The story sounded somewhat implausible, but a dive into the archives of the Yale Daily News (where I was once a news editor) confirmed that there were indeed undergraduates named John Rawlings and Jack May around 1950. Rawlings was noted for his various artistic pursuits, including a choreographed staging of a book of e.e. cummings poetry, One Times One. And Joseph L. “Jack” May really did go by the name “Candied Yam Jackson” as a DJ on the college radio station WYBC.

We will likely never know for sure if Rawlings was solely responsible for bringing “screw the pooch” into use in NASA circles. It’s not impossible, after all, for various military personnel to have independently transformed “fuck the dog” into “screw the pooch” on separate occasions. After my Wall Street Journal column was published, former Navy Lieutenant Commander Arthur P. Menard wrote in to say that he recalled “screw the pooch” being used to describe fatal crashes in 1959, when he was a midshipman aboard the aircraft carrier USS Oriskany, and again in 1960 in flight school in Pensacola. He described it as “black humor in the Naval air arm for a very unfunny incident.”

In his book New York in the ‘50s, Dan Wakefield remembers how Rawlings, a high school friend, thrived in the Greenwich Village scene as a writer, musician, and artist. He befriended sculptor Alexander Calder, as well as e.e. cummings, the inspiration for his Yale production. At night he’d accompany himself on piano at a midtown nightclub, where he was billed as the Playing Mantis.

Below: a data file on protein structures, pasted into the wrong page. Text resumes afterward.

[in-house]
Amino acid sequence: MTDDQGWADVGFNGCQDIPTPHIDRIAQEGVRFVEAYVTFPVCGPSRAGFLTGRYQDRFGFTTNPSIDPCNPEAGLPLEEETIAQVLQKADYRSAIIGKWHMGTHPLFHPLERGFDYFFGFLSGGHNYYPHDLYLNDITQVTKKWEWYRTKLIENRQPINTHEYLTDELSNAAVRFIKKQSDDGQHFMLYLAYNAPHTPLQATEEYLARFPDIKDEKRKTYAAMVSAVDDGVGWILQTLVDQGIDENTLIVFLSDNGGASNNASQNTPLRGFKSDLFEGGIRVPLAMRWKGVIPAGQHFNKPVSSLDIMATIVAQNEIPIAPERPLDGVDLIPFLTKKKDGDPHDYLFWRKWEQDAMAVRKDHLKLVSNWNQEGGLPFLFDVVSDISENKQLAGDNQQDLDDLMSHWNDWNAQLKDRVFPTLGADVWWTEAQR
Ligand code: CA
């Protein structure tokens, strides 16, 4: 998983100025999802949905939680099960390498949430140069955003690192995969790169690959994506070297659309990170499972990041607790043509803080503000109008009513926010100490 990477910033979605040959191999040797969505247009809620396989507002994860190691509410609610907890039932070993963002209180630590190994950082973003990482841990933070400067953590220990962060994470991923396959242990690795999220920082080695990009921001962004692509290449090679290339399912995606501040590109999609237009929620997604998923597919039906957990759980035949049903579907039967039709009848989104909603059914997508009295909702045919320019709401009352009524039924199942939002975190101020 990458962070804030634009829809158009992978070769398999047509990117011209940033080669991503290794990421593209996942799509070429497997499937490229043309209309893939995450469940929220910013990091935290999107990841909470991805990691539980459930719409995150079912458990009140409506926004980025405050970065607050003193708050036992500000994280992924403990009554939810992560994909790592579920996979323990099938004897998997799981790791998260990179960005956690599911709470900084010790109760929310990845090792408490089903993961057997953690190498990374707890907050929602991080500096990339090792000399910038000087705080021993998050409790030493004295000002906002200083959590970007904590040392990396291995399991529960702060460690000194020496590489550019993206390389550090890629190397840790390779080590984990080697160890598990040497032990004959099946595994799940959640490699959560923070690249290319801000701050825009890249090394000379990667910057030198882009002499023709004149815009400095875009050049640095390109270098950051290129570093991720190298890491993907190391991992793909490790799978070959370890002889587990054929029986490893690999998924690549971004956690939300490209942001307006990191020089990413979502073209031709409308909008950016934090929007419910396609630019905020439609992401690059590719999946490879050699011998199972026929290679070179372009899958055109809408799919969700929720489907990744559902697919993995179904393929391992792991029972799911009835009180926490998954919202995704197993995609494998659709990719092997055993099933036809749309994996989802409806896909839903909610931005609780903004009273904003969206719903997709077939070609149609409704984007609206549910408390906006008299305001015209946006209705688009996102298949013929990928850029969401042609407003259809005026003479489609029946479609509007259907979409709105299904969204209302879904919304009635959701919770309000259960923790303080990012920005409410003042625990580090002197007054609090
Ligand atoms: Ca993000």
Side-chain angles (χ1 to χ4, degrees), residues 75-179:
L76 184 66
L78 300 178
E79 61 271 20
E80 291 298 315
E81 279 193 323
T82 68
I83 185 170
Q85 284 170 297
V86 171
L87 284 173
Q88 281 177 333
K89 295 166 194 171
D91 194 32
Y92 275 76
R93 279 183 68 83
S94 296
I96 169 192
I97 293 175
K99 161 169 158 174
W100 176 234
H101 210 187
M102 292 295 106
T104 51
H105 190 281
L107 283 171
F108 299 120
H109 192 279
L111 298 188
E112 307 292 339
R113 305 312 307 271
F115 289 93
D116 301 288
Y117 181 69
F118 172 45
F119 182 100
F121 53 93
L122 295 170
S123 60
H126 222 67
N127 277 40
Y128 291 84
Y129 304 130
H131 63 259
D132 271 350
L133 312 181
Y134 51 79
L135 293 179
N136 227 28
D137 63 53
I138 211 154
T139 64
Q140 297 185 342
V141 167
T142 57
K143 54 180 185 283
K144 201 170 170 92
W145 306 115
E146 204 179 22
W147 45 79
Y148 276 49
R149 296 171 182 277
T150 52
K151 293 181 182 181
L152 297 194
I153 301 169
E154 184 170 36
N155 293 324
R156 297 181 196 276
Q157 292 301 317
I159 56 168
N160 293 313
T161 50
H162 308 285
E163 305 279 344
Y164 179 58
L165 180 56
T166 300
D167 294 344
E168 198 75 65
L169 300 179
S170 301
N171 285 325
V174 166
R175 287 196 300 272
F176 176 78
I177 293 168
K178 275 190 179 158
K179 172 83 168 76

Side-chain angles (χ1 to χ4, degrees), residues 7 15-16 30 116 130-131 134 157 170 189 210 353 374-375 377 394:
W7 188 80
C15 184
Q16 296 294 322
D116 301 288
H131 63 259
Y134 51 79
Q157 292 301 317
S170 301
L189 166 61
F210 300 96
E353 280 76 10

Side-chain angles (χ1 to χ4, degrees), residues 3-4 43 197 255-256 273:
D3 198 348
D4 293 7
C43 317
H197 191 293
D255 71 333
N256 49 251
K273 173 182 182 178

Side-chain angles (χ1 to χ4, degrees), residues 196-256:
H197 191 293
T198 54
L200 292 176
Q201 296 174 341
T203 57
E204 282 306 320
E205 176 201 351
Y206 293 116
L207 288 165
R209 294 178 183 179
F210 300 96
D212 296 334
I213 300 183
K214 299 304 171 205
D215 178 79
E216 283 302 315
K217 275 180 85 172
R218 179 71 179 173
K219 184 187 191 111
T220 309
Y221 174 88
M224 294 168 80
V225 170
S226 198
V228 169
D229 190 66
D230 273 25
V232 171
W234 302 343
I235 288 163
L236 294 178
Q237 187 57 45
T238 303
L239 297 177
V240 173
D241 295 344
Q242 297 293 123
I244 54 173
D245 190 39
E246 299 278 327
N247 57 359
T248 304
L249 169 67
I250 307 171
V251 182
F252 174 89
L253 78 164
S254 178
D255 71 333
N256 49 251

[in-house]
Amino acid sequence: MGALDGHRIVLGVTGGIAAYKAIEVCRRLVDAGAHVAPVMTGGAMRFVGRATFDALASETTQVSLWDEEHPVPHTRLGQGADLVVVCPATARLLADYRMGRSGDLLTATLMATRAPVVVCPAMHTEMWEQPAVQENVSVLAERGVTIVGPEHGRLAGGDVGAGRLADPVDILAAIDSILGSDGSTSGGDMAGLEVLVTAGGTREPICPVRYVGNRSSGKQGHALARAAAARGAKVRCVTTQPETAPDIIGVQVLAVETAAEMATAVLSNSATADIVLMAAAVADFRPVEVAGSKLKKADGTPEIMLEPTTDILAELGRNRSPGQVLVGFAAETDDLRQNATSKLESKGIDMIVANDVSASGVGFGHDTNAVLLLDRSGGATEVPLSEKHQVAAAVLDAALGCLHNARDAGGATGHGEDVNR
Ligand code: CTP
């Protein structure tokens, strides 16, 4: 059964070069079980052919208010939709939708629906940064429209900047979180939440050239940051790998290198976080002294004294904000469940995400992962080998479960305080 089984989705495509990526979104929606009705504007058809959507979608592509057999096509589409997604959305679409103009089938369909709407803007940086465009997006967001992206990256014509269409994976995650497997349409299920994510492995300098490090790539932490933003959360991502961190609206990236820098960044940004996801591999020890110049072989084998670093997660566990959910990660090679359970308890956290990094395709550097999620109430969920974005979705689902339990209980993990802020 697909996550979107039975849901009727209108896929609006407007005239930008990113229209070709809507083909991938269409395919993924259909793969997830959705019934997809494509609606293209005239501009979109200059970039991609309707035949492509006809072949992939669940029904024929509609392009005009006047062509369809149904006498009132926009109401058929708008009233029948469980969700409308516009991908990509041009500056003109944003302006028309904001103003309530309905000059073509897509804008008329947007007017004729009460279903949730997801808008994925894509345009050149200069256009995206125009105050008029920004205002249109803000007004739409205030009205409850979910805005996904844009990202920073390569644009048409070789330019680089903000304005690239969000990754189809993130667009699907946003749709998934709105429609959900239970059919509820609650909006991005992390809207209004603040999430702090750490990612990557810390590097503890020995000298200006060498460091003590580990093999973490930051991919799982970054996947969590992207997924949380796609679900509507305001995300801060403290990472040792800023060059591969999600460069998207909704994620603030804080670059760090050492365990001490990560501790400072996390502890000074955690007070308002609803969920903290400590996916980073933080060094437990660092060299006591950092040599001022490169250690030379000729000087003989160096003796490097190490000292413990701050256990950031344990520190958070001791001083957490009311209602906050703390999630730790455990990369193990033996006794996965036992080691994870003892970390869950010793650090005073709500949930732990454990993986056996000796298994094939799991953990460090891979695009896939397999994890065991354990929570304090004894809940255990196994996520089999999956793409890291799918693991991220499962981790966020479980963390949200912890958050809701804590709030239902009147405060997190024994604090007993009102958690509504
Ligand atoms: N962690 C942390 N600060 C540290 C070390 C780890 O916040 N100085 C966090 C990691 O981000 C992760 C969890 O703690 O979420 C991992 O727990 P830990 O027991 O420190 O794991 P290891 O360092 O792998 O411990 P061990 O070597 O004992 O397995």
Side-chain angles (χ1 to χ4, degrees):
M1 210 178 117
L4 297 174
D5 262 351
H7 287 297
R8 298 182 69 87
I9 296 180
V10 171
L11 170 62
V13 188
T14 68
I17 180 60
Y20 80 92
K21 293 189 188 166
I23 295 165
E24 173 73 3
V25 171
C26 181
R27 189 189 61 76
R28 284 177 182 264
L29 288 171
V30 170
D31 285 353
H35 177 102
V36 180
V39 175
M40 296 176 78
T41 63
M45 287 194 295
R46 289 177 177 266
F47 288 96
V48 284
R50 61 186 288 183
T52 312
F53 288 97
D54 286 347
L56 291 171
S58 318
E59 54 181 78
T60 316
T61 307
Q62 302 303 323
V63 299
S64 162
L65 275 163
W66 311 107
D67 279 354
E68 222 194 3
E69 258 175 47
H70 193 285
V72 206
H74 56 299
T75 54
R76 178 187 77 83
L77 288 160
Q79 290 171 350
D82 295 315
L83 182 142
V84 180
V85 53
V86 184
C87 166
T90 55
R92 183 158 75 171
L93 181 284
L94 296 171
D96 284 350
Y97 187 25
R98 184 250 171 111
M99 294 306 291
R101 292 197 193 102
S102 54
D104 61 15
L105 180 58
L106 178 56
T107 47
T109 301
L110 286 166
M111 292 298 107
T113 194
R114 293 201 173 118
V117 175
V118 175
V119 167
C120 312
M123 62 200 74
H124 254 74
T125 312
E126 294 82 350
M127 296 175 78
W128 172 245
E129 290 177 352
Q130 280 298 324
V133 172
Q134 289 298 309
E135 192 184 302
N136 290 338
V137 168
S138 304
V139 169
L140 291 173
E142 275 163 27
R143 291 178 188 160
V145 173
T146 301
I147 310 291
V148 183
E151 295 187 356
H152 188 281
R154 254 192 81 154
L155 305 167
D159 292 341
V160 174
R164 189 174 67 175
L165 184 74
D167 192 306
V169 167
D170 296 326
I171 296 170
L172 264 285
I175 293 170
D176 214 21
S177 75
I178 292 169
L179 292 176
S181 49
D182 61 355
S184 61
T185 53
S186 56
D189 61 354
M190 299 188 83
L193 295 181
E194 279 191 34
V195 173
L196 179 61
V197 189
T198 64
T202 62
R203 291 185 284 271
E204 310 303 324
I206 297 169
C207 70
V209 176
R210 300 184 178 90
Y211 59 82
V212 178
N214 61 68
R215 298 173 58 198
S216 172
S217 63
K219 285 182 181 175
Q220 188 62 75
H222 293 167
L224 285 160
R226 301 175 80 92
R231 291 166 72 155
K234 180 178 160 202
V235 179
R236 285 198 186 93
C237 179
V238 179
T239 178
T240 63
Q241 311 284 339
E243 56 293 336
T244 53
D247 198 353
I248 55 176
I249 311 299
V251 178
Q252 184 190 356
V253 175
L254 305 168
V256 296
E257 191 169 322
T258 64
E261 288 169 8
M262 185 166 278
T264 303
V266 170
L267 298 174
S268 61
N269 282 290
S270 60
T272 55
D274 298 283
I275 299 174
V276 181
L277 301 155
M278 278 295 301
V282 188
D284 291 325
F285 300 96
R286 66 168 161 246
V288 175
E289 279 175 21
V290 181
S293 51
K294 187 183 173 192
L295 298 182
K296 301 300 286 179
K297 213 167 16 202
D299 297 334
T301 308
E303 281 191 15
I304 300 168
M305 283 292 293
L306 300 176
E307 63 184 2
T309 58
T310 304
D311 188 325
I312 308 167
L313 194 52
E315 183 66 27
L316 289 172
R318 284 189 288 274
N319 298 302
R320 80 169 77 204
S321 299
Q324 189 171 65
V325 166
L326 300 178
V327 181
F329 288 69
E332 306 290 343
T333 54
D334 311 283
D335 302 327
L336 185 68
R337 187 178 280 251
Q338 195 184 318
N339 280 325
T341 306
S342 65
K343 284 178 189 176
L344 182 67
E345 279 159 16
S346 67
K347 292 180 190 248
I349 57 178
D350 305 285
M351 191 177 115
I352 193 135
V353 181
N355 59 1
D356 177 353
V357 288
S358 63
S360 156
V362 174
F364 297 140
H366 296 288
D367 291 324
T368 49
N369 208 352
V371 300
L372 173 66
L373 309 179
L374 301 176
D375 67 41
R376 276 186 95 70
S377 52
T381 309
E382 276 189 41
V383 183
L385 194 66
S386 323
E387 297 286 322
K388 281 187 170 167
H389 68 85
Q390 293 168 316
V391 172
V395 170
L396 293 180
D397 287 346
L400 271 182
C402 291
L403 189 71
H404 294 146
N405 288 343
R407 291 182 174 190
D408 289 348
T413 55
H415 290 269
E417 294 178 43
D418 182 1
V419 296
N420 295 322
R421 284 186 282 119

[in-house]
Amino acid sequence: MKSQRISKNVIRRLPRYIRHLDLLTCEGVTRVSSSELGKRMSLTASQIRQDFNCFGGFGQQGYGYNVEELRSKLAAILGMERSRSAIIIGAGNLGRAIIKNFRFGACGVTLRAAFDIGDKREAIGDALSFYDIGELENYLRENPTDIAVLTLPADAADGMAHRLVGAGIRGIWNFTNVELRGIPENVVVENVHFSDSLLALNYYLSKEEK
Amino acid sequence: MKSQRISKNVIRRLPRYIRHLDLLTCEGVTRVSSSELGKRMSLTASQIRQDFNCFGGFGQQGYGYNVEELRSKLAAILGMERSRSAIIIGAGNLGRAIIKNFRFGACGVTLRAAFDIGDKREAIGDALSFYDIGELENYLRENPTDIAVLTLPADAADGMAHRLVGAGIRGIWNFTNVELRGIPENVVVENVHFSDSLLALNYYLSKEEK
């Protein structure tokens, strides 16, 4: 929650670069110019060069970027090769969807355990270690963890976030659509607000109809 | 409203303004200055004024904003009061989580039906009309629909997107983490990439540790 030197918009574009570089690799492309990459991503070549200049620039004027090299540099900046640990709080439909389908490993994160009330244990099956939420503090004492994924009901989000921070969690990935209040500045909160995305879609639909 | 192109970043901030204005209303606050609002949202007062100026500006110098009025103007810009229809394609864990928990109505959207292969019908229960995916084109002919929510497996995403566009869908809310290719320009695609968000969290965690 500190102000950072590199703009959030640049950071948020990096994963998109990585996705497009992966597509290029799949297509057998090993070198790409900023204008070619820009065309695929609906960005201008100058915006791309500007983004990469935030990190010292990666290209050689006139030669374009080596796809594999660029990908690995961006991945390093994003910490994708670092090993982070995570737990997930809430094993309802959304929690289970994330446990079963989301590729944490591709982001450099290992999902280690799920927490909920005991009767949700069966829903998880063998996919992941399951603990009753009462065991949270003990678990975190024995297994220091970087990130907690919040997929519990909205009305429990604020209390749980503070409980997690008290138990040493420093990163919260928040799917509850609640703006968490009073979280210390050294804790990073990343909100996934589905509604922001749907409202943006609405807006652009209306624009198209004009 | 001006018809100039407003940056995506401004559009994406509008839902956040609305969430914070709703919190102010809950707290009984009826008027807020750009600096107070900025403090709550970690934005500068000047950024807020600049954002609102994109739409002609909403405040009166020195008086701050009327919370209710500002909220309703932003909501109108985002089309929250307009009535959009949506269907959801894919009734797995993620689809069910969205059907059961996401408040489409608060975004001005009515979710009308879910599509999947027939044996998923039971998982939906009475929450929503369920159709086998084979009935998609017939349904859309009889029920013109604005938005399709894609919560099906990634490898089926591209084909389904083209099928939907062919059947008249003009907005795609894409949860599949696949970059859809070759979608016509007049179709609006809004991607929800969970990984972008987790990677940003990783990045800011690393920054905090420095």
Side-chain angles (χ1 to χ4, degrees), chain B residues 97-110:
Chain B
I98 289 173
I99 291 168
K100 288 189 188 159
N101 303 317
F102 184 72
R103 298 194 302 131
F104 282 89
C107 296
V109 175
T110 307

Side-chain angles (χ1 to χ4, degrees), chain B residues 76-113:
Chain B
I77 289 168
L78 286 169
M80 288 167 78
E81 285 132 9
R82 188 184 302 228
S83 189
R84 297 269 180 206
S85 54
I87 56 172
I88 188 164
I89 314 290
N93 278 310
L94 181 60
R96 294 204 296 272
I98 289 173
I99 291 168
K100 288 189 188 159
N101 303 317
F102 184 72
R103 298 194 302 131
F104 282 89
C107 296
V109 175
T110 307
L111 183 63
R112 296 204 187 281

After the splashdown of Grissom’s capsule, Liberty Bell 7, the explosive bolts unexpectedly blew off, requiring a messy rescue operation. Many wondered whether Grissom himself was to blame for the error. Did he “screw the pooch”? (The movie unfairly implies that he did.) Advertisement

“The accident board convened, took weeks to gather its findings, took months to file a report, and finally confirmed what everyone had assumed: pilot error rather than equipment failure. The betting in the office on the Apollo 17 crew had long since switched—aviators characteristically do not wait for the accident report—‘That sure cinches it for Dick,’ the refrain went. ‘Ol’ Gene just screwed the pooch.’ ”

May goes on to explain that Rawlings enlisted in the Air Force and helped design early prototypes of space suits for chimpanzees on NASA missions. When May saw the film of The Right Stuff in 1983 and heard “screw the pooch,” he was convinced that Rawlings had introduced the expression to the space program. However, May couldn’t confirm this, since Rawlings had died in 1980.

The OED, an etymological dictionary based on historical evidence, suggests that “screw the pooch” may “perhaps” be derived from the “coarse slang” American expression “fuck the dog,” which it defines as “(a) to shirk one’s duties or responsibilities; to mess about or waste time; (b) to make a (disastrous) mistake; to fail; to spoil or put an end to something.”


What does pooch mean in slang?

Screw the pooch was popularized by the 1979 book-turned-movie, The Right Stuff, by Tom Wolfe. Based on the Mercury Seven space program of the 1960s, the book and the film both depict characters repeatedly using screw the pooch–an effort to use actual NASA jargon and slang of the day.